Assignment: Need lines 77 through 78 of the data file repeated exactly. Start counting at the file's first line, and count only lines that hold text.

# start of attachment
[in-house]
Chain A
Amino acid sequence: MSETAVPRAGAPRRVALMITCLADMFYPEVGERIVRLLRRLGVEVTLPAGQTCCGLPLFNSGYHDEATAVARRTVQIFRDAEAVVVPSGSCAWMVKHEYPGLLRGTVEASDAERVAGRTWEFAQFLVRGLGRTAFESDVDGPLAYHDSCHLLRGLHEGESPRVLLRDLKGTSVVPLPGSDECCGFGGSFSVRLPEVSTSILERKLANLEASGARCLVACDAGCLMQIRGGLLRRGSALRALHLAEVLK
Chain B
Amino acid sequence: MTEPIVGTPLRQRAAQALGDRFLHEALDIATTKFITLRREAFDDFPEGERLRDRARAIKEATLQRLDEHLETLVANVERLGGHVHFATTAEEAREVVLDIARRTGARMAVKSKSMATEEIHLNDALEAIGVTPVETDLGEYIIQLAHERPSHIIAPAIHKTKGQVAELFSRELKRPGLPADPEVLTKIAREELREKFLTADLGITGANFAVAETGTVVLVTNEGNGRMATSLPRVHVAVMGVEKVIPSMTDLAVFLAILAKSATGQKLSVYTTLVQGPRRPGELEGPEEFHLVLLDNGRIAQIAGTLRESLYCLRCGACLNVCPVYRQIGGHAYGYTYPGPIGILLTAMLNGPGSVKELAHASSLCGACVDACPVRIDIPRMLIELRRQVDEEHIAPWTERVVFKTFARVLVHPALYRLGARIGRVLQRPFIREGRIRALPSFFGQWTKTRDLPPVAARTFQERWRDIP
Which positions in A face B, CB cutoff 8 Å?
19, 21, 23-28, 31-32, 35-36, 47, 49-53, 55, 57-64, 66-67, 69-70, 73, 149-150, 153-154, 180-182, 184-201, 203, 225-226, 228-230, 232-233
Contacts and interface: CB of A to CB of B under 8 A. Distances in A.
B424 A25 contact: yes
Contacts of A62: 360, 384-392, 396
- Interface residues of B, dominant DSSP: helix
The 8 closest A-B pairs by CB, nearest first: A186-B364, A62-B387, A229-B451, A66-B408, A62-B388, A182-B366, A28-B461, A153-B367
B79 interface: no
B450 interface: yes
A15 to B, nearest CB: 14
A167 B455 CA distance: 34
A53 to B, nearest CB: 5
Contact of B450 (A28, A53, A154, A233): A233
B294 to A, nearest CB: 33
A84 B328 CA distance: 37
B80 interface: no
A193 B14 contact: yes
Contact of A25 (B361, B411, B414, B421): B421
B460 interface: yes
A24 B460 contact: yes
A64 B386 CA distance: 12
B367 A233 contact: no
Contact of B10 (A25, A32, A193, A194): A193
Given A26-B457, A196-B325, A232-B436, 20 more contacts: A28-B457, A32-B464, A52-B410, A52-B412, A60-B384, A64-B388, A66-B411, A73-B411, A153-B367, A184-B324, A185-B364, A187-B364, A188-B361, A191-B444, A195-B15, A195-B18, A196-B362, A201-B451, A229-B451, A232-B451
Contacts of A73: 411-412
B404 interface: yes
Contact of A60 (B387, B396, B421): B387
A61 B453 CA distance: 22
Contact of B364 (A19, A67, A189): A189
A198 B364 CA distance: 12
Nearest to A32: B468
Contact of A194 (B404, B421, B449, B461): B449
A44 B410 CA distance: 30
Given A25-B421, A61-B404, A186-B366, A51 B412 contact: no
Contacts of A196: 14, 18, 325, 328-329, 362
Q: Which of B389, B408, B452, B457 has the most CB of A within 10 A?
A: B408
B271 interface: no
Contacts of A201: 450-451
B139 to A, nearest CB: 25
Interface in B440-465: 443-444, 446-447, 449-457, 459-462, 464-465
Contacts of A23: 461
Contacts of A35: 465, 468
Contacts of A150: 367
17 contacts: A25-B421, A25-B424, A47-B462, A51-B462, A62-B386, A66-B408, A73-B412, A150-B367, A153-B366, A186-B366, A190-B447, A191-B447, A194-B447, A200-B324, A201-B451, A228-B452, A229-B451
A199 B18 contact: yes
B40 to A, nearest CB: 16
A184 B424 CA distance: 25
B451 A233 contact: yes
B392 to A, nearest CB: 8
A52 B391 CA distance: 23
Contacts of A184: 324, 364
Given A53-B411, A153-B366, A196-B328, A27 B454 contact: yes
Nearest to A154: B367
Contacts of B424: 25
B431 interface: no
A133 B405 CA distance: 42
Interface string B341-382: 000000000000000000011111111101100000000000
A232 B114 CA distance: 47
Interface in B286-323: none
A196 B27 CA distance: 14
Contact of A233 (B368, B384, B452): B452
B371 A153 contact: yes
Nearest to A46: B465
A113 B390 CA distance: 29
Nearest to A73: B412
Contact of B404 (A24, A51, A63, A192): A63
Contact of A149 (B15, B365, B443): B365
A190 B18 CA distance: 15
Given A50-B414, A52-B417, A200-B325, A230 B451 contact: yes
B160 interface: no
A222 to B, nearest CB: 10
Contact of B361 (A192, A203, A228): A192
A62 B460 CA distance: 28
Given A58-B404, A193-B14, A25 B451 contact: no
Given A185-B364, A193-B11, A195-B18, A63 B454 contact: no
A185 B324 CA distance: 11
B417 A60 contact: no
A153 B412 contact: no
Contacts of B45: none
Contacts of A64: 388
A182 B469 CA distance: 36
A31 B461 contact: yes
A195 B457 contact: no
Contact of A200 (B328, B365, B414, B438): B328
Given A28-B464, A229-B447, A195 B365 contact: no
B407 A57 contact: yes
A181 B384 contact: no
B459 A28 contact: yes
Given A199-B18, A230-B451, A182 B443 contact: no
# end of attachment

A222 to B, nearest CB: 10
Contact of B361 (A192, A203, A228): A192